MELISSA BLOCK, HOST:
There is some legal news in American sports as well today. The Justice Department announced it will join a whistleblower lawsuit against Lance Armstrong. The suit was filed by one of Armstrong's former teammates on the U.S. Postal Service cycling team. And for more, I'm joined by NPR's Mike Pesca. Hey, Mike.
MIKE PESCA, BYLINE: Hello.
BLOCK: This lawsuit was filed by cyclist Floyd Landis back in 2010. Landis was stripped of his 2006 Tour de France win for doping. What does it mean now that the Justice Department is getting involved?
PESCA: Well, it greatly strengthens the case. The vast majority of these whistleblower cases that go on to win are joined by the Department of Justice. And let's go back for a second. The reason this is a federal whistleblower case is because, although Lance Armstrong admitted to doping, admitted to cheating and had a number of sponsors along the way, one of his sponsors was United States Postal Service.
And this lawsuit, which was brought by Landis, said that he saw firsthand all the doping that was going on, is essentially claiming that the U.S. government, the Post Office is a quasi government agency, was defrauded out of money. The government by law, if they win, would get to keep some money, which I guess this means we all get to keep some money. And Floyd Landis stands to get a percentage of the amount of money at stake. You know, Lance Armstrong's contract with the Postal Service was worth tens of millions of dollars.
BLOCK: Well, if you look at the record of the federal government as it's pursued these steroid cases, it hasn't been exactly stellar. Is there any reason to think that this one will come out better?
PESCA: Well, that exact objection, that's what Travis Tygart, who's the president of the U.S. Anti-Doping Agency, put in a letter to Eric Holder that the site Velonews got a hold of. So, arguing to the Attorney General Travis Tygart, acknowledged it's understandable that the government would have some reluctance to spend public dollars in another sports case. He's obviously talking about the Barry Bonds prosecution, which did not go well for the government; the Roger Clemens prosecution, which totally failed in terms of getting a conviction.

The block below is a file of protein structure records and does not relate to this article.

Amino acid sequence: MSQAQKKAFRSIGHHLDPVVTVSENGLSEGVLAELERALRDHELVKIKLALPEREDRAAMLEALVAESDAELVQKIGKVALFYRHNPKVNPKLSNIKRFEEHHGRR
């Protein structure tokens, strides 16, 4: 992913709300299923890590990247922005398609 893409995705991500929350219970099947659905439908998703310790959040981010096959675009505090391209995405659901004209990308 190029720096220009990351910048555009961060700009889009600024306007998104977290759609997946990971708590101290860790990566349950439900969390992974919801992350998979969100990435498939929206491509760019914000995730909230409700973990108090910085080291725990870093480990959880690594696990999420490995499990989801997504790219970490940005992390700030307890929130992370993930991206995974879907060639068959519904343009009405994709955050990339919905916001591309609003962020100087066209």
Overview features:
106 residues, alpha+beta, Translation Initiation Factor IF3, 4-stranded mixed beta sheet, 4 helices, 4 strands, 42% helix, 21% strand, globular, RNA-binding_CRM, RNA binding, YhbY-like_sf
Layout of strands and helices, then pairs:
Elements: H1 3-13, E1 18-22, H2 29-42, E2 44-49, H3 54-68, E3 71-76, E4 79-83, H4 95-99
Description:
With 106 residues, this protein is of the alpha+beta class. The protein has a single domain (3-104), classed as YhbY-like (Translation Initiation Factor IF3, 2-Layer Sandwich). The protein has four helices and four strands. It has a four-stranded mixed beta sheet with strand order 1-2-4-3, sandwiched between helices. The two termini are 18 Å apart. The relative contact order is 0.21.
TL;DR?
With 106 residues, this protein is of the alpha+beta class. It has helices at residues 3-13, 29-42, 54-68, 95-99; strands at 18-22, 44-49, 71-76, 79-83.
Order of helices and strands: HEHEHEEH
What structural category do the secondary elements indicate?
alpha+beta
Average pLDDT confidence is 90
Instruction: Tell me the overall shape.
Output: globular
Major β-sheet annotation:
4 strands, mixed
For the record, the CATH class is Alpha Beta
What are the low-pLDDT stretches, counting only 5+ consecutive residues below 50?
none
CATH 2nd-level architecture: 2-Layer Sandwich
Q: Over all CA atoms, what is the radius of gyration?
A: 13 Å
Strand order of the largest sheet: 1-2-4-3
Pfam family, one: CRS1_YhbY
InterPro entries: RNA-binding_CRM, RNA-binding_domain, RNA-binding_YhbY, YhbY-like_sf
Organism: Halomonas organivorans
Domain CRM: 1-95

But as Tygart says, the essential fact of doping is no longer an issue in this case. And while the federal government dropped its case against Armstrong, its criminal case, Tygart's arguing that Lance Armstrong himself is admitting to doping. We're not arguing a did he or didn't he issue.
BLOCK: Any reaction to this news, Mike, from Armstrong's camp?
PESCA: Yeah. Yeah, Robert Luskin, who's his lawyer, said something. I think it's a pretty interesting argument. He is, like Tygart said, not disputing if he doped but he said the Postal Service's own studies show that the service benefitted tremendously from its sponsorship. He's not saying it didn't happen. The Armstrong camp is saying there was really no harm. The Post Office got $100 million in benefits in terms of, you know, sponsorship and name recognition. I guess we all bought a lot of stamps during that time.
BLOCK: So they're saying there's no fraud there.
PESCA: Well, they're saying that you have to cause - you have to show harm.
PESCA: And there was no harm.
BLOCK: Mike, one last thing before I let you go. There is a big moment for women in sports coming up this weekend. For the first time, a woman, Danica Patrick, will race in the pole position in the Daytona 500. What's the significance of that?
Well, the pole position has never been won by a woman. That means she was the fastest in qualifying. Now I have to say, due to the nature of NASCAR, sitting in the pole position does not correlate necessarily or historically with winning. The last time the pole position won the flag - won the checkered flag was the year 2000. It's just because of the nature of NASCAR. All the cars go exactly as fast and there's a lot of randomness.
PESCA: So it's a great accomplishment. If she can win, that would be unbelievably historic. We should note, Danica Patrick is currently 40 to 1 to win the race in Las Vegas, so I guess the experts aren't thinking that she's going to win.
BLOCK: Okay. NPR's Mike Pesca. Mike, thanks so much.
PESCA: You're welcome.
NPR transcripts are created on a rush deadline by Verb8tm, Inc., an NPR contractor, and produced using a proprietary transcription process developed with NPR. This text may not be in its final form and may be updated or revised in the future. Accuracy and availability may vary. The authoritative record of NPR’s programming is the audio record.